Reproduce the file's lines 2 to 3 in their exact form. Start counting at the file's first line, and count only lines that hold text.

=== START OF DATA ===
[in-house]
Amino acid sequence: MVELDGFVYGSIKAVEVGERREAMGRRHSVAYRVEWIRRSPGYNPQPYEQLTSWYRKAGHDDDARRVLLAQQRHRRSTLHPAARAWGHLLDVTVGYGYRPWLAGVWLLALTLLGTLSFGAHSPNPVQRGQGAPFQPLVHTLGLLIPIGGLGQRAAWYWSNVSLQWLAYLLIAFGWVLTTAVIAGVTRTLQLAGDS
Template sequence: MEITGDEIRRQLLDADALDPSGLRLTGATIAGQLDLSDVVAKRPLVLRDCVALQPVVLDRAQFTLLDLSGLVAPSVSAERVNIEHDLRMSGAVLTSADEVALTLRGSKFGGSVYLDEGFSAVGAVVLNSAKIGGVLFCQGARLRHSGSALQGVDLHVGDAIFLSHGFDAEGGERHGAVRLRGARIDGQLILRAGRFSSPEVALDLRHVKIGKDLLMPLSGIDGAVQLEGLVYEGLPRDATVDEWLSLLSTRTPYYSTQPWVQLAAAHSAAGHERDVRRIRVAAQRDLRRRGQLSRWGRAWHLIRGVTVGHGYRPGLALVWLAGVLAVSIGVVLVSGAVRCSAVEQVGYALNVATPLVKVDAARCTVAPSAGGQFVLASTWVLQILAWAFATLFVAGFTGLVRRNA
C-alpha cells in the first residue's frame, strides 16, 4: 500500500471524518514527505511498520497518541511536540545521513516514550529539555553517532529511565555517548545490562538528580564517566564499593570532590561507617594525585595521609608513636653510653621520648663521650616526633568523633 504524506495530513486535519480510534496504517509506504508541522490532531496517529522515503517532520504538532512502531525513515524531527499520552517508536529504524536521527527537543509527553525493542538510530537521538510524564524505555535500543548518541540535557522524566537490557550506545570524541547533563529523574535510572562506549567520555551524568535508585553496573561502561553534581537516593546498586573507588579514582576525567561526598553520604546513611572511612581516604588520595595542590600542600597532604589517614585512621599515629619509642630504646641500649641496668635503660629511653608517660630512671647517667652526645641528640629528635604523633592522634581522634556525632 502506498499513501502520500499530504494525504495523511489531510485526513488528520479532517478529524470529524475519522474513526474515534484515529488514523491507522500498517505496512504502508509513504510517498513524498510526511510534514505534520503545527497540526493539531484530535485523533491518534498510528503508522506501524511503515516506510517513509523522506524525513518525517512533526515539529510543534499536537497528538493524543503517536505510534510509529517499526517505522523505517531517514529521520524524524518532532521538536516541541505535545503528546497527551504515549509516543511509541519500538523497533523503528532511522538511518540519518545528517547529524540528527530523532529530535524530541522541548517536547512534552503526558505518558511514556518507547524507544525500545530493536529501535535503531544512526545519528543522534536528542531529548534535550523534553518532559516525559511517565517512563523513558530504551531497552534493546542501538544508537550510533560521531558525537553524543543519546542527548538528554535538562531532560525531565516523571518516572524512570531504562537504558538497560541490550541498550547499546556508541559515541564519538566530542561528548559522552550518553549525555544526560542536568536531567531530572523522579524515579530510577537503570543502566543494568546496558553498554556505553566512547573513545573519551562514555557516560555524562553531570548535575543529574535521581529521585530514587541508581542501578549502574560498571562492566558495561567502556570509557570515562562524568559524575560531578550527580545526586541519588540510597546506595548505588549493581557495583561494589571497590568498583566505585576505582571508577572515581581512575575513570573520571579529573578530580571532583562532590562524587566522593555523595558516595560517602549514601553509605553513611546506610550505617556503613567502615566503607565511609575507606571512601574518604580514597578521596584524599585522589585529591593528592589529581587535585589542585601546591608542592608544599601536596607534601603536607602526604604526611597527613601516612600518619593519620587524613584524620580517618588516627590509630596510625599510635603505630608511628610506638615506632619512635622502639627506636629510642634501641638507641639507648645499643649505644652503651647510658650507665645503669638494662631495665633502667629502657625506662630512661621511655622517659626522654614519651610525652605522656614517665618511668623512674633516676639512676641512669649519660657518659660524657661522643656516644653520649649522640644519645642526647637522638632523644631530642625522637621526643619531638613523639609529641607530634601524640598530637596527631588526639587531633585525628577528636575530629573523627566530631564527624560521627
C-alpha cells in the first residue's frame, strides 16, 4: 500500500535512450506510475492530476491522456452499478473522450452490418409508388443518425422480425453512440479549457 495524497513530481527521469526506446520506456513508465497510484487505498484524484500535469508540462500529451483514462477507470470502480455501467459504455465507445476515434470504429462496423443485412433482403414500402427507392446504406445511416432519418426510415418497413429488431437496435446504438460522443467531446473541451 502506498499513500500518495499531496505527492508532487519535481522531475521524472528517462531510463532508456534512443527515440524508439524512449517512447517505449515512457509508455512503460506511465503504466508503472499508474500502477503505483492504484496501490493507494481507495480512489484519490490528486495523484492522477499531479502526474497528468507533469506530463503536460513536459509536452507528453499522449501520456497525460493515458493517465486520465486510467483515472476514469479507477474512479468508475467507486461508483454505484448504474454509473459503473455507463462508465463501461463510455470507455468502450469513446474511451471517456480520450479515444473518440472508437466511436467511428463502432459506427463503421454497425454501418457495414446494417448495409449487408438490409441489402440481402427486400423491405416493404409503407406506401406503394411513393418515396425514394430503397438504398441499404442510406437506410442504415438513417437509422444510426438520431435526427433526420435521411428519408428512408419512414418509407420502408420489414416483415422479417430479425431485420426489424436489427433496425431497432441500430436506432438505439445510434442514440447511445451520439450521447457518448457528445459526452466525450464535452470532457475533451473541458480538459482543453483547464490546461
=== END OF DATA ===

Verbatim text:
Amino acid sequence: MVELDGFVYGSIKAVEVGERREAMGRRHSVAYRVEWIRRSPGYNPQPYEQLTSWYRKAGHDDDARRVLLAQQRHRRSTLHPAARAWGHLLDVTVGYGYRPWLAGVWLLALTLLGTLSFGAHSPNPVQRGQGAPFQPLVHTLGLLIPIGGLGQRAAWYWSNVSLQWLAYLLIAFGWVLTTAVIAGVTRTLQLAGDS
Template sequence: MEITGDEIRRQLLDADALDPSGLRLTGATIAGQLDLSDVVAKRPLVLRDCVALQPVVLDRAQFTLLDLSGLVAPSVSAERVNIEHDLRMSGAVLTSADEVALTLRGSKFGGSVYLDEGFSAVGAVVLNSAKIGGVLFCQGARLRHSGSALQGVDLHVGDAIFLSHGFDAEGGERHGAVRLRGARIDGQLILRAGRFSSPEVALDLRHVKIGKDLLMPLSGIDGAVQLEGLVYEGLPRDATVDEWLSLLSTRTPYYSTQPWVQLAAAHSAAGHERDVRRIRVAAQRDLRRRGQLSRWGRAWHLIRGVTVGHGYRPGLALVWLAGVLAVSIGVVLVSGAVRCSAVEQVGYALNVATPLVKVDAARCTVAPSAGGQFVLASTWVLQILAWAFATLFVAGFTGLVRRNA